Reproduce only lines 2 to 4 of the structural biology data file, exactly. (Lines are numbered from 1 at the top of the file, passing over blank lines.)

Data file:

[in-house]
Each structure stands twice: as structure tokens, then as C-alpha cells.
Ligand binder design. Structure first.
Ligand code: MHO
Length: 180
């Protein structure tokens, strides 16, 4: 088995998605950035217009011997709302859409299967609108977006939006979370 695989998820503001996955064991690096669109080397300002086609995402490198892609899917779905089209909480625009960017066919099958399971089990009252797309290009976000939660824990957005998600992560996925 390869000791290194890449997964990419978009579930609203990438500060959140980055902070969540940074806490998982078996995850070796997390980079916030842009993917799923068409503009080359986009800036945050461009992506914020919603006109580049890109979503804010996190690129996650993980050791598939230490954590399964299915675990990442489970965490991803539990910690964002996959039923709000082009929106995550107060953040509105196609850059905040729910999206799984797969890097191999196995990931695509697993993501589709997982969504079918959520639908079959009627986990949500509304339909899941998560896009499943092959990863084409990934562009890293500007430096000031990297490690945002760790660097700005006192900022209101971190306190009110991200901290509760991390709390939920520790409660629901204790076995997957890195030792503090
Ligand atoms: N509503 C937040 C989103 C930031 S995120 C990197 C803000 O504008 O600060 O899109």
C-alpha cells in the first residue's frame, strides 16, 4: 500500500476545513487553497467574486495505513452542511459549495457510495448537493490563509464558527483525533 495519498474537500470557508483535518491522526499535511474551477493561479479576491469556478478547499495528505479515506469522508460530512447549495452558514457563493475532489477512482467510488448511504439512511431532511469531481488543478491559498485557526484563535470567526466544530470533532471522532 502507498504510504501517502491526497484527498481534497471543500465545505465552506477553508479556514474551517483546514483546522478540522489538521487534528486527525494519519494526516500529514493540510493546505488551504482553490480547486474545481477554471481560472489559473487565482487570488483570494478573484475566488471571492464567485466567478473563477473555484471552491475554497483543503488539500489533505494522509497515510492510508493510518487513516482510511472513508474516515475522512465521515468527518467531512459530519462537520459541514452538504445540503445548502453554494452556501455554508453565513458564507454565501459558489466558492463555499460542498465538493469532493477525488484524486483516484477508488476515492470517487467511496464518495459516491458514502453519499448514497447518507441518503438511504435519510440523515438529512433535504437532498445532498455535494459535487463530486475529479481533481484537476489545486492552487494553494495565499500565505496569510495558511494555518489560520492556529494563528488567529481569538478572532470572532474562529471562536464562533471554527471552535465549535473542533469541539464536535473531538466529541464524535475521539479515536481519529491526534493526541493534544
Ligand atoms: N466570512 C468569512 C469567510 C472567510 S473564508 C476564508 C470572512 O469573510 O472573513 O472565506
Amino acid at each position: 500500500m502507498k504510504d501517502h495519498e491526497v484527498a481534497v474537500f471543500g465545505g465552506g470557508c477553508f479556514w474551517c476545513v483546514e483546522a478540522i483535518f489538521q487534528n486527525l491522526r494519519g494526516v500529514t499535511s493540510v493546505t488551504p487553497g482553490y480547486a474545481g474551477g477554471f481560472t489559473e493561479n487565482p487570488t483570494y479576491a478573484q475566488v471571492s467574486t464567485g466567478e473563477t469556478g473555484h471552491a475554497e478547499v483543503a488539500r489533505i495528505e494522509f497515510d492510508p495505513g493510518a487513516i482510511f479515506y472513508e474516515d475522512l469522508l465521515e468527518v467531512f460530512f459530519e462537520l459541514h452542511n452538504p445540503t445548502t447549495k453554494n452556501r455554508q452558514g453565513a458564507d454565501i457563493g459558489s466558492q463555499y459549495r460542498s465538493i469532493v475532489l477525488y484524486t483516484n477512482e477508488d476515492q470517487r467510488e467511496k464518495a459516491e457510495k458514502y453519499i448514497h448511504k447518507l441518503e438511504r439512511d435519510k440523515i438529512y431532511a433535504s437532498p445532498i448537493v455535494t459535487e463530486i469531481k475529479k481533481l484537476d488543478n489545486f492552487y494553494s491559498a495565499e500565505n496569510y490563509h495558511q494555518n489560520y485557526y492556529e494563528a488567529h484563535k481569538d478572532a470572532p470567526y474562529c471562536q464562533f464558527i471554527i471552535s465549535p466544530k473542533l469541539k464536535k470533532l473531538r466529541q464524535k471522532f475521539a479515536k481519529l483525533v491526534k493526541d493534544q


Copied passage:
Each structure stands twice: as structure tokens, then as C-alpha cells.
Ligand binder design. Structure first.
Ligand code: MHO